Once you have purchased your ticket, make sure to book your flight as soon as possible. Traveling to Rio from the United States is quite easy, with multiple airlines offering daily direct flights. Keep in mind that the most expensive days to travel will be during the days preceding the Opening Ceremony, as well as the day after the Closing Ceremony. A good solution is to fly while the games are underway or to set aside multiple days for sightseeing. You can also contact a travel agency such as Sports Traveler, based in Chicago, for packages that include airfare, hotel lodging, ground transportation, and more.

  1. Protect yourself


Now, let’s talk about the elephant in the room: the Zika virus, which is mostly spread by mosquito bites, is a cause of alarm not only in Brazil but around the world. There have been several diagnosed cases in Brazil and in more than 20 surrounding countries. Since there is no way to know whether the virus will be under control in time for the Olympics, it is advised to those who are pregnant or trying to get pregnant to avoid traveling to countries associated with the Zika outbreak. For others travelers, the risk of the virus is a less serious concern – symptoms are usually fairly mild and can include joint pain, fever, a rash and red eyes; the illness goes away in a few days.

According to CDC (Centers for Disease Control and Prevention), there is no vaccine or specific medicine for Zika. Travelers can protect themselves by preventing mosquito bites:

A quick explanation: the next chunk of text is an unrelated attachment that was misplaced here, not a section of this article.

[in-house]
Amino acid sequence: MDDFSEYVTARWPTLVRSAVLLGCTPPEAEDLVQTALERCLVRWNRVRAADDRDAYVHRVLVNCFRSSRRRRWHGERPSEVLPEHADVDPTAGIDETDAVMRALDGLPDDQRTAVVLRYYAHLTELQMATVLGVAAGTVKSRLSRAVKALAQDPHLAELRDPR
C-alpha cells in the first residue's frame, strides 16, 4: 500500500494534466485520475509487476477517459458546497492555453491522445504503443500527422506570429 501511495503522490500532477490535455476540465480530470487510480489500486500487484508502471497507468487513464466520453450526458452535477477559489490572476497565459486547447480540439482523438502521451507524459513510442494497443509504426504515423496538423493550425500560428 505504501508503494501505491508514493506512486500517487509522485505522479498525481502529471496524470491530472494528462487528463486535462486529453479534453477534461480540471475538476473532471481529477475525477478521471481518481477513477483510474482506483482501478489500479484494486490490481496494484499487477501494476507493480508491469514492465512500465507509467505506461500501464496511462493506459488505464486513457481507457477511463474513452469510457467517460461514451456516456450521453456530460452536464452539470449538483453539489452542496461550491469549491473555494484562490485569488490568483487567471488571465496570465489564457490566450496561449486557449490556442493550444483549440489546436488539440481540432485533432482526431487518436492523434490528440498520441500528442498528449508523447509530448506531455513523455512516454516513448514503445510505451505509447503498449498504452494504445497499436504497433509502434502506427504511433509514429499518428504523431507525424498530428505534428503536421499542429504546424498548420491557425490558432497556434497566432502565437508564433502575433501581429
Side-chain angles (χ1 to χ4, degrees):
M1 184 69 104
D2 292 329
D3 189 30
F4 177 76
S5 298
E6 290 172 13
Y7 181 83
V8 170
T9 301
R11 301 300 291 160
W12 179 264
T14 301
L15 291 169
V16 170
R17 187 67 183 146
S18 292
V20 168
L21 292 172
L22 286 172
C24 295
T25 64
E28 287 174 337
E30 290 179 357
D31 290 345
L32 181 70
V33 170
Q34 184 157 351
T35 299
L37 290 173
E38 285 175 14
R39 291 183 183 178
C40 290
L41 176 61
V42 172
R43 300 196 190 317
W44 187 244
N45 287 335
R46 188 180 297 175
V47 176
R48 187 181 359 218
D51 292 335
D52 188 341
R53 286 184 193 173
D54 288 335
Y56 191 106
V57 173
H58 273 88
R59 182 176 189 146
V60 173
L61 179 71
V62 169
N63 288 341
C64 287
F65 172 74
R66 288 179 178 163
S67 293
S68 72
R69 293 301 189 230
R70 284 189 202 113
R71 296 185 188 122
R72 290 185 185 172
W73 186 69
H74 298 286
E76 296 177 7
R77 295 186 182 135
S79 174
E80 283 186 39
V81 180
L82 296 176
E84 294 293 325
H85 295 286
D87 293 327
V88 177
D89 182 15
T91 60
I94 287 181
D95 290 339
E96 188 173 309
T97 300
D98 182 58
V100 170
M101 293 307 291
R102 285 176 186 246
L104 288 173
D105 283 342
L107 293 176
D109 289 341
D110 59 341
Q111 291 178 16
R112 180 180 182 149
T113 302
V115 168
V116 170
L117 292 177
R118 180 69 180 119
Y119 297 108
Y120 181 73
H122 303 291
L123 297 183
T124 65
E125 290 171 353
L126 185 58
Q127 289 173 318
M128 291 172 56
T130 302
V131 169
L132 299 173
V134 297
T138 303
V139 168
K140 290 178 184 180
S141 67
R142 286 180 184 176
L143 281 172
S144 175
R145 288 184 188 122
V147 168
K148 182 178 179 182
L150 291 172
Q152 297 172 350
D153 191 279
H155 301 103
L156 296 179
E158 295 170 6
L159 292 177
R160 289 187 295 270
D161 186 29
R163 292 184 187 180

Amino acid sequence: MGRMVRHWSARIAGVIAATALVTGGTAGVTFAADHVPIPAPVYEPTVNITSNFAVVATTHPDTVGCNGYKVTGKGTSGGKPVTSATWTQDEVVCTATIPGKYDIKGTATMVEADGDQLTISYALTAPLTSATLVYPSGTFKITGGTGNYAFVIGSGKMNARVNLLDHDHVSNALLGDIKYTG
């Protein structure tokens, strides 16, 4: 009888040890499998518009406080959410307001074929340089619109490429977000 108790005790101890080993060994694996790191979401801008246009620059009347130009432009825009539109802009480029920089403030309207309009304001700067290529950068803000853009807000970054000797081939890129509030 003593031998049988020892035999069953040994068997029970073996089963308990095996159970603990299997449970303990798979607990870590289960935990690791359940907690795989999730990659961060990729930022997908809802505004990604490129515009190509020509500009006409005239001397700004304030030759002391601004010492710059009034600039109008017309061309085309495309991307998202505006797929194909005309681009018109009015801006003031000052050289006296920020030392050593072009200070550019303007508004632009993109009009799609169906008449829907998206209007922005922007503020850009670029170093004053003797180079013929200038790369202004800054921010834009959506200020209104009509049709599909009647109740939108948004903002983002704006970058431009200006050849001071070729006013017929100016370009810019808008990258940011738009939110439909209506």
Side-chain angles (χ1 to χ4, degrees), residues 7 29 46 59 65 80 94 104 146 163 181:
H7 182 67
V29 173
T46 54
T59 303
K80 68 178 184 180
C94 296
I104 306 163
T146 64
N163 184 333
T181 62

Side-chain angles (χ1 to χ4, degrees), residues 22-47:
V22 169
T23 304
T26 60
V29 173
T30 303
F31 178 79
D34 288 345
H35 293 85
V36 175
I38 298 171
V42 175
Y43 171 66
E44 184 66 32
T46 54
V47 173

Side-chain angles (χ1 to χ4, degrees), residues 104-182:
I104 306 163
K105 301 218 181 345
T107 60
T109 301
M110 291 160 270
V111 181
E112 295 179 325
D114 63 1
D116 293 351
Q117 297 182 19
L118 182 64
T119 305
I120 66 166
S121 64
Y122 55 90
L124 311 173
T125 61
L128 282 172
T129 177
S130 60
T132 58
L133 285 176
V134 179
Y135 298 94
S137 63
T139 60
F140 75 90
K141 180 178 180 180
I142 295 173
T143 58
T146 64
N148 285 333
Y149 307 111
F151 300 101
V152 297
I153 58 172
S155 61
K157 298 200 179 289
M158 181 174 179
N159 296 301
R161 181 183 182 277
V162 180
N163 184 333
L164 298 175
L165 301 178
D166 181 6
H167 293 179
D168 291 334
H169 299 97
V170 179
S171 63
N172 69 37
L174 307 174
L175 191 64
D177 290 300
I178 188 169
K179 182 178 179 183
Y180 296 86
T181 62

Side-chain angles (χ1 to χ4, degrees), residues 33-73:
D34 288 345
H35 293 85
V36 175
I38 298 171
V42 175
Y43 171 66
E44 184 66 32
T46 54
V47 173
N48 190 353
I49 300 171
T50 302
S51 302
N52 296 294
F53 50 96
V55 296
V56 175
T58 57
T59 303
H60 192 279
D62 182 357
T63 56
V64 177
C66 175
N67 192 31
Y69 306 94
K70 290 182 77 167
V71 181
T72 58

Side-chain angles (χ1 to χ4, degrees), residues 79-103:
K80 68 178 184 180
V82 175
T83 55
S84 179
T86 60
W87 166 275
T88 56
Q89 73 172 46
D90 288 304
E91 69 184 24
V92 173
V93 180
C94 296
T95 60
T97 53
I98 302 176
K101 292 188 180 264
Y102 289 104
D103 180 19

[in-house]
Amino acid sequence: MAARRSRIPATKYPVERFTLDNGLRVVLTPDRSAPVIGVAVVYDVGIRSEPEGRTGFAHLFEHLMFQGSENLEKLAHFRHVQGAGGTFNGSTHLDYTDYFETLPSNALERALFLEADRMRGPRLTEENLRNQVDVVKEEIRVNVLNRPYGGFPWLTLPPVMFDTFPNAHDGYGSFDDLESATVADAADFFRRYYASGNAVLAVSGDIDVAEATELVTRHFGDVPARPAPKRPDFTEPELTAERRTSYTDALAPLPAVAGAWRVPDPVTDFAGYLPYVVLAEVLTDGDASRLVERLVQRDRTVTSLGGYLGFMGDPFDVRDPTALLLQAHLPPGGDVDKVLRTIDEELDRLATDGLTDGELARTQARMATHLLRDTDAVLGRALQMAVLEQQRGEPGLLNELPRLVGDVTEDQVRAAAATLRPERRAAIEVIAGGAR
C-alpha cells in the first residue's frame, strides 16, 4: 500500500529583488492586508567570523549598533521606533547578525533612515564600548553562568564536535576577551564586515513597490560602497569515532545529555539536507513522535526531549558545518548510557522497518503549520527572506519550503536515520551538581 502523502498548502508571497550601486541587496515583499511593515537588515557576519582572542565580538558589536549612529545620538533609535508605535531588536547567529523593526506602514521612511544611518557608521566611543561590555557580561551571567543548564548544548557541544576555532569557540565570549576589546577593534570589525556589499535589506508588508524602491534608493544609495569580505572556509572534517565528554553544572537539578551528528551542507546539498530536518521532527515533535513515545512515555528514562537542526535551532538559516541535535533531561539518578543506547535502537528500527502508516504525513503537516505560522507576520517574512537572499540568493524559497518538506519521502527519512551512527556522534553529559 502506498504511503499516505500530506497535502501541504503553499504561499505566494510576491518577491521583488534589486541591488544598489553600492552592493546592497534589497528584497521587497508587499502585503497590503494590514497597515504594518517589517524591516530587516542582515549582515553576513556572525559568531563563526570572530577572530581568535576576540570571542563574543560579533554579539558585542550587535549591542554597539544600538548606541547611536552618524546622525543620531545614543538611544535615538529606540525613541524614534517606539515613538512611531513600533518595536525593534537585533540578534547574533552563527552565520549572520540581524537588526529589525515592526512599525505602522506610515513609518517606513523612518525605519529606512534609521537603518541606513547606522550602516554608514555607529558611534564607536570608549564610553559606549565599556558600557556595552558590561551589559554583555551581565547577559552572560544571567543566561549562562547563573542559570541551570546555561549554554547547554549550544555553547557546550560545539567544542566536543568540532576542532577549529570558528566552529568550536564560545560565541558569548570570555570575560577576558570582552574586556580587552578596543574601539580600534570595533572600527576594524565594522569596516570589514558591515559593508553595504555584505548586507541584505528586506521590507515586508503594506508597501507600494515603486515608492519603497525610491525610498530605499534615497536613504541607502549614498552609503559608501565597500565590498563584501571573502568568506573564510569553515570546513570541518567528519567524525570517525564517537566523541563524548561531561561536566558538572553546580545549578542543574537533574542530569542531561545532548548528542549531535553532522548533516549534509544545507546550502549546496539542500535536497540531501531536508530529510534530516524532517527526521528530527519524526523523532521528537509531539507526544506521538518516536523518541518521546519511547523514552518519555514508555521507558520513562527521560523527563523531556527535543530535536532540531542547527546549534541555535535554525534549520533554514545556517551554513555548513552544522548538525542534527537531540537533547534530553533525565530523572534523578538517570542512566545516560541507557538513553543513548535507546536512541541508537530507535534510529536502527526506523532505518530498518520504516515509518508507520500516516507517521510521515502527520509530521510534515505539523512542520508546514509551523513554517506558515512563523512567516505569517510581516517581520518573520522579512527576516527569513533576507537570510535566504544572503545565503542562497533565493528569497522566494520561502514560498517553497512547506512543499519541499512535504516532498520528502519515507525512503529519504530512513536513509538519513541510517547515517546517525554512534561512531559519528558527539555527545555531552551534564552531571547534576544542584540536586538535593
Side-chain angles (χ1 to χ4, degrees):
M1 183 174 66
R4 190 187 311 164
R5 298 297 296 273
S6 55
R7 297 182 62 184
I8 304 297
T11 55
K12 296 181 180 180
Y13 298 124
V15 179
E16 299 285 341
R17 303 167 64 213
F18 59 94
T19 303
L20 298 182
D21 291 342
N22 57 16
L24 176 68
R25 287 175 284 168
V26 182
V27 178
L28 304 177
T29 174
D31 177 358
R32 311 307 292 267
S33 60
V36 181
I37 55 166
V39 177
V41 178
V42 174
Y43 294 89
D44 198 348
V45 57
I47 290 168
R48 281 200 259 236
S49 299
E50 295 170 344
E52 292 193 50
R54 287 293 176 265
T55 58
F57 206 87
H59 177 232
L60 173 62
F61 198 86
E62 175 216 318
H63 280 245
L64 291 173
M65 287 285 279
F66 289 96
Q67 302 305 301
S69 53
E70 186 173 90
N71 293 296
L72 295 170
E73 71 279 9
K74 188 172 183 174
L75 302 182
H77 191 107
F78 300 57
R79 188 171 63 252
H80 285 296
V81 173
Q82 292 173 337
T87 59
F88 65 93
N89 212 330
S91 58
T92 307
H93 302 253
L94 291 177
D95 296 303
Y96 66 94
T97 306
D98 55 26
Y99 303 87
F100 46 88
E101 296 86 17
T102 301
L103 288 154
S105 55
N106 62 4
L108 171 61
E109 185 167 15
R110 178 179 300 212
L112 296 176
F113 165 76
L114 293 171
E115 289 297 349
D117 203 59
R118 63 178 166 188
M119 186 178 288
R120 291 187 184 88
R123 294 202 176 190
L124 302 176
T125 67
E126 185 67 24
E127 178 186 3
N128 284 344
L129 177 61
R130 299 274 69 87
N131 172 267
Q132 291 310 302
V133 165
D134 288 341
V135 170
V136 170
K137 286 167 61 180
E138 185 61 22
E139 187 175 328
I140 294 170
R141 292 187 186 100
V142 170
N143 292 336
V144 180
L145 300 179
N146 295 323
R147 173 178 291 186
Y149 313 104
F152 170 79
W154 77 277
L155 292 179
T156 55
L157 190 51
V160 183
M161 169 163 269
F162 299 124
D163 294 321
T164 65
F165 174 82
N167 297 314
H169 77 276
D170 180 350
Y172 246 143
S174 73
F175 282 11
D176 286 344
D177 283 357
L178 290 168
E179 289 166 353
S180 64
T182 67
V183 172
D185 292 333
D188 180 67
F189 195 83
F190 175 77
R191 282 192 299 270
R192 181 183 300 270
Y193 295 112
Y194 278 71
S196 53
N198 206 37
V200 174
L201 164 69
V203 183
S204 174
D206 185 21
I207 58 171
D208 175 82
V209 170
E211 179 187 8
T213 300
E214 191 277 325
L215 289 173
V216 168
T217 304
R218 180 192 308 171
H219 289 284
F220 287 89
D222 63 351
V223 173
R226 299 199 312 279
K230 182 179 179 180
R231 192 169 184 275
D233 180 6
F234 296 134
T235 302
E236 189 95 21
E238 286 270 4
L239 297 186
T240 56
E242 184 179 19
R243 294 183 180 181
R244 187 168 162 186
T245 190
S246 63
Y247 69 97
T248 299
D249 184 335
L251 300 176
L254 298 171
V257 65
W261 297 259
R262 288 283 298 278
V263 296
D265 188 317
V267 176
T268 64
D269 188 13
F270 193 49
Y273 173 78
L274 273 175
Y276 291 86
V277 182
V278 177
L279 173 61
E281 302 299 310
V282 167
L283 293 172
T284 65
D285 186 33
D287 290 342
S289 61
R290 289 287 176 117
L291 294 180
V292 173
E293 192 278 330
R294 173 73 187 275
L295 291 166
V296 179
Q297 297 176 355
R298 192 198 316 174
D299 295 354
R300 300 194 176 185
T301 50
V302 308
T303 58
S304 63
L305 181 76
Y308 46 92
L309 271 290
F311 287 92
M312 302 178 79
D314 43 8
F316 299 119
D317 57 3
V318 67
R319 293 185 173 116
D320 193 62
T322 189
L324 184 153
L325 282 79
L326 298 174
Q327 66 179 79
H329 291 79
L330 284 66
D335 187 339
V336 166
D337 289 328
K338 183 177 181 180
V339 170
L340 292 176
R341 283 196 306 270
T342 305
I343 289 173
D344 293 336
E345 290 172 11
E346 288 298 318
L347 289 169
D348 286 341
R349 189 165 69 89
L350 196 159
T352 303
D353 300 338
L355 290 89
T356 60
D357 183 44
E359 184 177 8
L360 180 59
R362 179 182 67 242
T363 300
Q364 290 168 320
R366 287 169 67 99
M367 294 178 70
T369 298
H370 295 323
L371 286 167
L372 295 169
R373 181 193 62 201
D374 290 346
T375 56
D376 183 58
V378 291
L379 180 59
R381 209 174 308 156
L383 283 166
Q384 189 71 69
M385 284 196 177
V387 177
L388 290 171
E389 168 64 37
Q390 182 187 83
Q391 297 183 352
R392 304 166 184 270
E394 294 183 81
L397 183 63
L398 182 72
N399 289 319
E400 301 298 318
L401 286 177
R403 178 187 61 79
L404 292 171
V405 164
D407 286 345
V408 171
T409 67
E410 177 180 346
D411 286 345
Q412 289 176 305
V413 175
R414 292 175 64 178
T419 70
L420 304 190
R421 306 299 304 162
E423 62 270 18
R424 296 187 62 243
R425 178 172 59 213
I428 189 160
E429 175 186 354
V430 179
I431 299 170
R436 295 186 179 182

• Cover exposed skin by wearing long-sleeved shirts and long pants.
  • Use EPA-registered insect repellents containing DEET, picaridin, oil of lemon eucalyptus (OLE, also called para-menthane-diol [PMD]), or IR3535. Always use as directed.
    • Pregnant and breastfeeding women can use all EPA-registered insect repellents, including DEET, according to the product label.
    • Most repellents, including DEET, can be used in children older than 2 months. (OLE should not be used in children younger than 3 years.)
  • Use permethrin-treated clothing and gear (such as boots, pants, socks, and tents). You can buy pre-treated clothing and gear or treat them yourself.
  • Stay in places with air conditioning, window, and door screens to keep mosquitoes outside.
  • Sleep under a mosquito bed net if air-conditioned or screened rooms are not available, or if sleeping outdoors.
  • Mosquito netting can be used to cover babies younger than 2 months old in carriers, strollers, or cribs to protect them from mosquito bites.

The Zika virus can also be sexually transmitted, especially from a male partner. If you happen to have relations (vaginal, anal, or oral) with a man while traveling, you must always use protection.

Check out CDC’s travel notice “Zika Virus in Brazil” for additional information.

Official website rio2016.com



Content and Brand Strategist • Editorial Leader • Bridger